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At the end of an hour and a quarter-which seemed a week-the Indians ceased firing, thinking that the whites had been reinforced. The fact was, seven of the whites, including Mr. Moesser, were stationed at the southeastern corner of their corral, while the other seven were at the northwestern corner, so arranged that they could shoot upon all sides of the corral without moving from their places; this indeed was the only safe plan. Several cattle and a few horses were killed and one man wounded. The Indians shot too high. But the next morning revealed the fact that several of the Indians had been killed or wounded, as there were pools of blood here and there.

Mr. Moesser says he has never been since that time so anxious to raise Indian scalps, and that that battle ” took a good allowance of fight out of him.” It was indeed one of the hardest-fought battles ever waged in Utah. The same band of Indians attacked 150 men a short time before that.

In 1859 he started out across the plains to California, with ox teams, arriving in San Bernardino County December 24, that year; and since that time he has crossed between California and Utah eleven times, nine times driving oxen and mules, and twice on the cars, and twice across the continent. While in San Bernardino County he teamed for a period of twelve years, and owned a small farm south of Base Line. He early crossed the plains. The first railroad that he ever saw was the short line running from Los Angeles to San Pedro, twenty-one miles in length. In 1873 he moved into Santa Ana valley and bought land near Newport, known as the Gospel Swamp. For fourteen years he managed this ranch, and three years ago moved to the city of Santa Ana, where he has retired from active business life. Since settling there he has done his share toward upbuilding the new county seat. A brick block on Fourth street, between Main and Sycamore streets, stands as a monument to his enterprise. He also owns other business and residence property in different parts of the city. He is now vice-president of the Santa Ana Val-ley Fruit Company. Mr. Moesser and Dr. R. Cummings were the first to sell a part of a town lot by the foot in the town of Santa Ana on Fourth street. Some people said that they were ” robbing ” the parties; but while they sold at the rate of $1.50 per foot, to-day, ten years after, the same ground is worth $200 per foot and even more!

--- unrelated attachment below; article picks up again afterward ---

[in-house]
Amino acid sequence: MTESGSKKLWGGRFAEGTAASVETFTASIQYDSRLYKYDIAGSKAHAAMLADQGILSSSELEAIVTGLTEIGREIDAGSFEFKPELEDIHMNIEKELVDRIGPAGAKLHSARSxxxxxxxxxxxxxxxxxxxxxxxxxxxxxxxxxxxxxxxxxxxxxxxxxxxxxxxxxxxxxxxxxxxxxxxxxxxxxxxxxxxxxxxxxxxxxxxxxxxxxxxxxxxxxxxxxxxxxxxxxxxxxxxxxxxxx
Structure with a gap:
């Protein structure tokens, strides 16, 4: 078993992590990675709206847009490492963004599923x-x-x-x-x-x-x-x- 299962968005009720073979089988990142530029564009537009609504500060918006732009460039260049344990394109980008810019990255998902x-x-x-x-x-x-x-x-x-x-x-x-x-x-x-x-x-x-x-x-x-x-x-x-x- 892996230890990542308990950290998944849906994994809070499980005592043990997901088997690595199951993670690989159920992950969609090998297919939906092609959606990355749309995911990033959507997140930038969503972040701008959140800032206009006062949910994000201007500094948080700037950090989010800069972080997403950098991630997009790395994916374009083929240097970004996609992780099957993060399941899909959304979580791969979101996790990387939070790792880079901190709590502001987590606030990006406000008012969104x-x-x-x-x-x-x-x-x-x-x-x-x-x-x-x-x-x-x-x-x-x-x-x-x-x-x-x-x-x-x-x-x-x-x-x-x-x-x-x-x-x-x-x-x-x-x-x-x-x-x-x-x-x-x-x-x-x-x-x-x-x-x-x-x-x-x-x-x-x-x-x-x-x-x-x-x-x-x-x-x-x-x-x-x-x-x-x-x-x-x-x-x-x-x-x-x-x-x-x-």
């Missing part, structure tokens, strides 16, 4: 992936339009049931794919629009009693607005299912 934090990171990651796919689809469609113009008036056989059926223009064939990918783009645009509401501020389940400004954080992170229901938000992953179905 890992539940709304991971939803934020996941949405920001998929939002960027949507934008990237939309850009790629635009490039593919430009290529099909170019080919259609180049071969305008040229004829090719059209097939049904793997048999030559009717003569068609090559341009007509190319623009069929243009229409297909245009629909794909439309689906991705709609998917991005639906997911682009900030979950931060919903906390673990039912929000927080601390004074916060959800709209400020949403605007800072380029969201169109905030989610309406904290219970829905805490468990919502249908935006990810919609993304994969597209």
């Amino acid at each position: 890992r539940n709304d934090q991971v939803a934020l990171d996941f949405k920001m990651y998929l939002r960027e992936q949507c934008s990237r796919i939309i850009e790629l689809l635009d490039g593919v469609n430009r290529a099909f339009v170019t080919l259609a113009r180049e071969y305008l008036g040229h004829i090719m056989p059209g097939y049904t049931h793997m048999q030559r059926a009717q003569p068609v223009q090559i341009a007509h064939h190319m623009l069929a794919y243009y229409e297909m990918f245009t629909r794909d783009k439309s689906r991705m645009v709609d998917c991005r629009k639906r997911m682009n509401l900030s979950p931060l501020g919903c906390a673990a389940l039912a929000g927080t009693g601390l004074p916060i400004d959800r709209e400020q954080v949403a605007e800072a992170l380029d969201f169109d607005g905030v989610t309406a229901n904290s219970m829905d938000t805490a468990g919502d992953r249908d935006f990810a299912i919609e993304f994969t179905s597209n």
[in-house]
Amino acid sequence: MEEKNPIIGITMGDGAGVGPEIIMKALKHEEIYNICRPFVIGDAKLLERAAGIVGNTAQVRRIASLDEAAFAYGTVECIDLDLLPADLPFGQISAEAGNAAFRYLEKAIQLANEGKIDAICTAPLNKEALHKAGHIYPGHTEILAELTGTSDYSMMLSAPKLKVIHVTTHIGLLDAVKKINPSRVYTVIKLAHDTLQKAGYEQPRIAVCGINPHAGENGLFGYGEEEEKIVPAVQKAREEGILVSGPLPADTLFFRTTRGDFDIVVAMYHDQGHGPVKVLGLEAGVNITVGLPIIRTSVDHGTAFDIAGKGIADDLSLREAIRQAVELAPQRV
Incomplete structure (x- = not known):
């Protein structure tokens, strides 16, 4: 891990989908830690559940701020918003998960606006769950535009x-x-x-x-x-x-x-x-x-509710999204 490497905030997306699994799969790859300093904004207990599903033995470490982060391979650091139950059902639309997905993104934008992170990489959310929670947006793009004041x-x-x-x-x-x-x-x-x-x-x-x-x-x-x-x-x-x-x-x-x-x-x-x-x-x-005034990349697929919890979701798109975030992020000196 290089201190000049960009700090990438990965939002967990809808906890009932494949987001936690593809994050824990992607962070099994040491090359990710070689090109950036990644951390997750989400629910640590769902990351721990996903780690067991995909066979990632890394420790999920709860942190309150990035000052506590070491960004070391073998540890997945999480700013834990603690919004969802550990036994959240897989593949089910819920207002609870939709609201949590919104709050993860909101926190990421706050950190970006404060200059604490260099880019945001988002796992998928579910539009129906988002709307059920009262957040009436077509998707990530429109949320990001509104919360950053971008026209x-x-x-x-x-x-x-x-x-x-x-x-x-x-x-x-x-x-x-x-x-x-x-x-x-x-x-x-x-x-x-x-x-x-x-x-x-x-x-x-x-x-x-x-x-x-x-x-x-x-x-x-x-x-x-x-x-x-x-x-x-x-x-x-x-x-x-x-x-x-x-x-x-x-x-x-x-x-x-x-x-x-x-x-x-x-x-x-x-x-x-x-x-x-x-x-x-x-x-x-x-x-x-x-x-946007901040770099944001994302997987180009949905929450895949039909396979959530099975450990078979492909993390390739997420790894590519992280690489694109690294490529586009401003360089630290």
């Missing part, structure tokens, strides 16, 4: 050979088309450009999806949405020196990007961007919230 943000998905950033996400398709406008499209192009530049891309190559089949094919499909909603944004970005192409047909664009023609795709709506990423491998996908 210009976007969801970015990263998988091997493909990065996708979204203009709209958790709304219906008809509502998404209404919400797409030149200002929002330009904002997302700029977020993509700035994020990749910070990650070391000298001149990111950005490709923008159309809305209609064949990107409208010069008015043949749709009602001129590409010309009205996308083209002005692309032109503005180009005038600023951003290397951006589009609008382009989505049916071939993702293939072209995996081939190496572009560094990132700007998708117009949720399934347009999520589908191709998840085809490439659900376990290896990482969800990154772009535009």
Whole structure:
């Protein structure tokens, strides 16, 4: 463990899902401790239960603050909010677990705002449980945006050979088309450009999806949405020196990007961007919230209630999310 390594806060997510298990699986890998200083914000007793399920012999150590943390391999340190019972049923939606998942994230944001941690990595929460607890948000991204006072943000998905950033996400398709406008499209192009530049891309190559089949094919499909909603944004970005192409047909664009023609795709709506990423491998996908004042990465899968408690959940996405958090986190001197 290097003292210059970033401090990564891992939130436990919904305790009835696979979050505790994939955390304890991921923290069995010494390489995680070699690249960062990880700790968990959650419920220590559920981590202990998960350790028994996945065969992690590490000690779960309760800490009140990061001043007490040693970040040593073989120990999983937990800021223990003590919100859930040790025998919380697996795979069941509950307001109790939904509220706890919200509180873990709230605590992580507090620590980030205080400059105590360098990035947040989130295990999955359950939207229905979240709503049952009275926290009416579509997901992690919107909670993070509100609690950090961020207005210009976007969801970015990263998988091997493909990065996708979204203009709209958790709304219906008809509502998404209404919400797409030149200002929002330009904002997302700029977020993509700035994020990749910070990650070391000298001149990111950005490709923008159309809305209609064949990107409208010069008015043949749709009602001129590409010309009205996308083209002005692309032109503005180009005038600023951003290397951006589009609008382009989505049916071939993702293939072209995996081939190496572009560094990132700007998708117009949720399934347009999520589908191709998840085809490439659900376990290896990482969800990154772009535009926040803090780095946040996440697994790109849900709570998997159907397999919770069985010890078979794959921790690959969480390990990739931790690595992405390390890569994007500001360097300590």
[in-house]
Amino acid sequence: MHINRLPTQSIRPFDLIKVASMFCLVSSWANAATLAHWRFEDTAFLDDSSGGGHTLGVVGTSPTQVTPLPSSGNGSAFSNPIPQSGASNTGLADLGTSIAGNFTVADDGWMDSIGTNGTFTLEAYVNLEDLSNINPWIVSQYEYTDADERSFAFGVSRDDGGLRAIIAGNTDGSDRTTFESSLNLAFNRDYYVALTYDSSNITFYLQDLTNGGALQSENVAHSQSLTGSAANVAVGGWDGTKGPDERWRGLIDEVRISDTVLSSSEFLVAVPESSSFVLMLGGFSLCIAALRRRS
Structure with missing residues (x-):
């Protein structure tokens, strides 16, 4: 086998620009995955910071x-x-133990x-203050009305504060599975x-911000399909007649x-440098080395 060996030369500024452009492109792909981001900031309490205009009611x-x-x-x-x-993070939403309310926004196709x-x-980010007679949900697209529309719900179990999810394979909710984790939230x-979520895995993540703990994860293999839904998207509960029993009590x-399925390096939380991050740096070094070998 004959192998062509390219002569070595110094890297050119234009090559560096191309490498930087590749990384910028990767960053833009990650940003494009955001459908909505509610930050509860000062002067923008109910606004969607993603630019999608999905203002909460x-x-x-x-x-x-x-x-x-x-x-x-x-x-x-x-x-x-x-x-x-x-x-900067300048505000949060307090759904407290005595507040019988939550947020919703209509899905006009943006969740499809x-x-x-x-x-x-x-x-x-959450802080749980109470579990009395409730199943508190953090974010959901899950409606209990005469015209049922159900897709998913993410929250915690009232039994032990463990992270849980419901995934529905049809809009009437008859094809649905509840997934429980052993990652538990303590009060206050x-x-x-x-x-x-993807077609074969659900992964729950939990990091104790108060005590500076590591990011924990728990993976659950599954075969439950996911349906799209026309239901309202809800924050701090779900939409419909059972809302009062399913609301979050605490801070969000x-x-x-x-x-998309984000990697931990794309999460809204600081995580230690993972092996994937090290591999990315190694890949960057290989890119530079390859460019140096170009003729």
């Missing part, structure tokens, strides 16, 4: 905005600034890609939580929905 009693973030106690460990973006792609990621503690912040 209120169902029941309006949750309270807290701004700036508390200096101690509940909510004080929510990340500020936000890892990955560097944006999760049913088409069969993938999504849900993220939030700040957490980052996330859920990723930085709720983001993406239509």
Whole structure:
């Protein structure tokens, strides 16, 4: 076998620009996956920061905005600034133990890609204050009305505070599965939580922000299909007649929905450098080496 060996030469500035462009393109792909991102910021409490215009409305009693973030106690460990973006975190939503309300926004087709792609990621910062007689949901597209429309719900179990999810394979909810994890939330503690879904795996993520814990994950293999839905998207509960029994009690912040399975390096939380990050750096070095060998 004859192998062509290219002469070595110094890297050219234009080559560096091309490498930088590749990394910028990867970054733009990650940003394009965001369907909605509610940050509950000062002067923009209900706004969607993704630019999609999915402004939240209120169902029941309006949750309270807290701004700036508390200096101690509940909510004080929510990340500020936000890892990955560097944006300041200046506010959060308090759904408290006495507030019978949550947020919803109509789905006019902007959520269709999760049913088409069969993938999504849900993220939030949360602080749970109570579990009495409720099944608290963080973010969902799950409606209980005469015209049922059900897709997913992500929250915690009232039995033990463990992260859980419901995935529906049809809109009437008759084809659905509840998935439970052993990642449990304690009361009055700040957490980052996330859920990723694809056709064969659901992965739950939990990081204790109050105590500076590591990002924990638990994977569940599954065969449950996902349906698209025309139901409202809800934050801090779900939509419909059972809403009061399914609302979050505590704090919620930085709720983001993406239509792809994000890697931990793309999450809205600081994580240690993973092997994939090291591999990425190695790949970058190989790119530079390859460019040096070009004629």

As a politician Mr. Moesser has been rather prominent. He was one of the Supervisors of Los Angeles County, and served as clerk of the school board at Newport for thirteen years. He is a Republican in his political views. Is a member of the A. 0. U. W., Santa Ana Lodge, No. 82, and also of Santa Ana Lodge, No. 236, I. 0. 0. F., of which he was a charter member.

Mr. Moesser was married in Springville city, Utah County, Utah Territory, August 17, 1856, to Miss Lucy B. Clyde, a native of New York State, the ceremony being performed by Bishop Aaron Johnson, who had ten wives, and four of these were his brother’s daughters! To Mr. and Mrs. Moesser have been born the following named children : Henry A., Lucy E., wife of John Avas; Cynthia L., wife of G. W. Page; George E., Frederick A., Ulysses S., James W., and Clyde Earl, who died at the age of six years, two months and two days.


Surnames:
Moesser,

Topics:
Biography,

Collection:
The Lewis Publishing Company. An Illustrated History of Southern California embracing the counties of San Diego San Bernardino Los Angeles and Orange and the peninsula of lower California. The Lewis Publishing Company, Chicago, Illinois. 1890.